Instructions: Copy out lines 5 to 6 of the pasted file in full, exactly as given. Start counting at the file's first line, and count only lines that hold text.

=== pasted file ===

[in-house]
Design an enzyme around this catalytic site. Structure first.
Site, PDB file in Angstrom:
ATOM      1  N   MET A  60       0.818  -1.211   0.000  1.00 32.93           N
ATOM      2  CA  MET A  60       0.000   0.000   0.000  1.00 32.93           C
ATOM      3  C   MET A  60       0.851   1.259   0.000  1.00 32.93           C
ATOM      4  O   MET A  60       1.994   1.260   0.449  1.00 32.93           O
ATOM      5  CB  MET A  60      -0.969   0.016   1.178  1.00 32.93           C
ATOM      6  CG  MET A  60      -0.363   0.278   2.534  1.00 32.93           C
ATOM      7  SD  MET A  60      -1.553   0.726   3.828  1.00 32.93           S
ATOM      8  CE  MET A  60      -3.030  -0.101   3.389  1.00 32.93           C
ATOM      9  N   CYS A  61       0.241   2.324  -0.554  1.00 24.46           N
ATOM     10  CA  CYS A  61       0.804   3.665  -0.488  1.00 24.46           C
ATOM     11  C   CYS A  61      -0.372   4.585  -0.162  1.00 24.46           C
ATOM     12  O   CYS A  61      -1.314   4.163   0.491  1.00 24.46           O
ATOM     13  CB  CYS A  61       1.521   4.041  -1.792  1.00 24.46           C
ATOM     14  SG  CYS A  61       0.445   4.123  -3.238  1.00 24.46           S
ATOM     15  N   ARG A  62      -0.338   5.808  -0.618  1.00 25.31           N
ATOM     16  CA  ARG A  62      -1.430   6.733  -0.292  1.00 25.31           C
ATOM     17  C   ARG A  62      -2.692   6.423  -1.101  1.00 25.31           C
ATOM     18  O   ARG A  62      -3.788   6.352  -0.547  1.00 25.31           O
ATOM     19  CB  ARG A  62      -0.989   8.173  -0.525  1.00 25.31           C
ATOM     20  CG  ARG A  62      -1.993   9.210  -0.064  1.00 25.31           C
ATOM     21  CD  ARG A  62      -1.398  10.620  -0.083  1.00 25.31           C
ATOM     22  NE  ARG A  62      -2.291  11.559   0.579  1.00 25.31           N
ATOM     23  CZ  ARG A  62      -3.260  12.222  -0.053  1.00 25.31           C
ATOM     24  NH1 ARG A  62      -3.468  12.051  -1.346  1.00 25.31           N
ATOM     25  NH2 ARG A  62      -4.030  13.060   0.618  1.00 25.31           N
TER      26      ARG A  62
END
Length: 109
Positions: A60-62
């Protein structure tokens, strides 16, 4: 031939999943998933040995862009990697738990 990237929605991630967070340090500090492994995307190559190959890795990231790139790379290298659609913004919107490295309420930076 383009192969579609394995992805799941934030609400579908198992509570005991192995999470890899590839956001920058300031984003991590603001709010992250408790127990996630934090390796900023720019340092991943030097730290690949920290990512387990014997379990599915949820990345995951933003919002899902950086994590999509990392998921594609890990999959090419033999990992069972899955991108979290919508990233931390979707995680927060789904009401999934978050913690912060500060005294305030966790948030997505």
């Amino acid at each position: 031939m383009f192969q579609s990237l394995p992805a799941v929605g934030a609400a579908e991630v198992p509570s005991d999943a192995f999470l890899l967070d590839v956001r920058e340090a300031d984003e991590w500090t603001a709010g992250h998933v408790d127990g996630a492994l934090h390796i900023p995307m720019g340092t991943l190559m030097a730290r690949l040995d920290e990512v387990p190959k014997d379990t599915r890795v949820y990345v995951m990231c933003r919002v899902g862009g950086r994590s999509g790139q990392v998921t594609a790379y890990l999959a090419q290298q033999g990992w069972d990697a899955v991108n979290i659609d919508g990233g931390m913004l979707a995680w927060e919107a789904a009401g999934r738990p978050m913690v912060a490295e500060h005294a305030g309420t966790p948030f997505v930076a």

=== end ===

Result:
ATOM      2  CA  MET A  60       0.000   0.000   0.000  1.00 32.93           C
ATOM      3  C   MET A  60       0.851   1.259   0.000  1.00 32.93           C